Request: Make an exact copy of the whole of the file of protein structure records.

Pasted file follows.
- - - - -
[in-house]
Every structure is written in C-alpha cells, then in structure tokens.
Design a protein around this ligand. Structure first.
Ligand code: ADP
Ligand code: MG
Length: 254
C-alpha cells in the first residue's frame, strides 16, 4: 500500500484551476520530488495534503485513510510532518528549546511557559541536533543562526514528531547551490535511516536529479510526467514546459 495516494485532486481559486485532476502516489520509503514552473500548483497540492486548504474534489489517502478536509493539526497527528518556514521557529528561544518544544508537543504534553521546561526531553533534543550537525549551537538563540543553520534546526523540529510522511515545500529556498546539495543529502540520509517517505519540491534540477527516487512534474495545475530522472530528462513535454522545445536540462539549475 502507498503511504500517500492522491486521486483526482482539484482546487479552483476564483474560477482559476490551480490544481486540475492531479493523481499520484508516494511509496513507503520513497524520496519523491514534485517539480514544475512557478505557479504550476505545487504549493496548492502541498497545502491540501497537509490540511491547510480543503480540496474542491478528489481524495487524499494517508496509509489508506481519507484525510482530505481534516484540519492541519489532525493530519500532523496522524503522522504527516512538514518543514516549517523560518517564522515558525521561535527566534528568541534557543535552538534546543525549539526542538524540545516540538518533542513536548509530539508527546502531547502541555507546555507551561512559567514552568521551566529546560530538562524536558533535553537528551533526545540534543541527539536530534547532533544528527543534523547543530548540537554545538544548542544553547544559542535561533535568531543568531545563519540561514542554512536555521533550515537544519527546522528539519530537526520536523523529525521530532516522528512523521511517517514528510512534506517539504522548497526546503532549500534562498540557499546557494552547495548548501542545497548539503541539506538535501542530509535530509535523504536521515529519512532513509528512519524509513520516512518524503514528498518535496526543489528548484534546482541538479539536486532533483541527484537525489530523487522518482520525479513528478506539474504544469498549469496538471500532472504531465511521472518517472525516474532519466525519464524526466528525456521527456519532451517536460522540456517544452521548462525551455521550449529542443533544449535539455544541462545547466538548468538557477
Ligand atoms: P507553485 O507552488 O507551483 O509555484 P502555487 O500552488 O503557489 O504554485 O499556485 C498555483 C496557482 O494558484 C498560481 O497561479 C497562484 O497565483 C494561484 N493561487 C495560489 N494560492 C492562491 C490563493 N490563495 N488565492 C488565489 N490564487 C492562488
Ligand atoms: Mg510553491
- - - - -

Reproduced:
[in-house]
Every structure is written in C-alpha cells, then in structure tokens.
Design a protein around this ligand. Structure first.
Ligand code: ADP
Ligand code: MG
Length: 254
C-alpha cells in the first residue's frame, strides 16, 4: 500500500484551476520530488495534503485513510510532518528549546511557559541536533543562526514528531547551490535511516536529479510526467514546459 495516494485532486481559486485532476502516489520509503514552473500548483497540492486548504474534489489517502478536509493539526497527528518556514521557529528561544518544544508537543504534553521546561526531553533534543550537525549551537538563540543553520534546526523540529510522511515545500529556498546539495543529502540520509517517505519540491534540477527516487512534474495545475530522472530528462513535454522545445536540462539549475 502507498503511504500517500492522491486521486483526482482539484482546487479552483476564483474560477482559476490551480490544481486540475492531479493523481499520484508516494511509496513507503520513497524520496519523491514534485517539480514544475512557478505557479504550476505545487504549493496548492502541498497545502491540501497537509490540511491547510480543503480540496474542491478528489481524495487524499494517508496509509489508506481519507484525510482530505481534516484540519492541519489532525493530519500532523496522524503522522504527516512538514518543514516549517523560518517564522515558525521561535527566534528568541534557543535552538534546543525549539526542538524540545516540538518533542513536548509530539508527546502531547502541555507546555507551561512559567514552568521551566529546560530538562524536558533535553537528551533526545540534543541527539536530534547532533544528527543534523547543530548540537554545538544548542544553547544559542535561533535568531543568531545563519540561514542554512536555521533550515537544519527546522528539519530537526520536523523529525521530532516522528512523521511517517514528510512534506517539504522548497526546503532549500534562498540557499546557494552547495548548501542545497548539503541539506538535501542530509535530509535523504536521515529519512532513509528512519524509513520516512518524503514528498518535496526543489528548484534546482541538479539536486532533483541527484537525489530523487522518482520525479513528478506539474504544469498549469496538471500532472504531465511521472518517472525516474532519466525519464524526466528525456521527456519532451517536460522540456517544452521548462525551455521550449529542443533544449535539455544541462545547466538548468538557477
Ligand atoms: P507553485 O507552488 O507551483 O509555484 P502555487 O500552488 O503557489 O504554485 O499556485 C498555483 C496557482 O494558484 C498560481 O497561479 C497562484 O497565483 C494561484 N493561487 C495560489 N494560492 C492562491 C490563493 N490563495 N488565492 C488565489 N490564487 C492562488
Ligand atoms: Mg510553491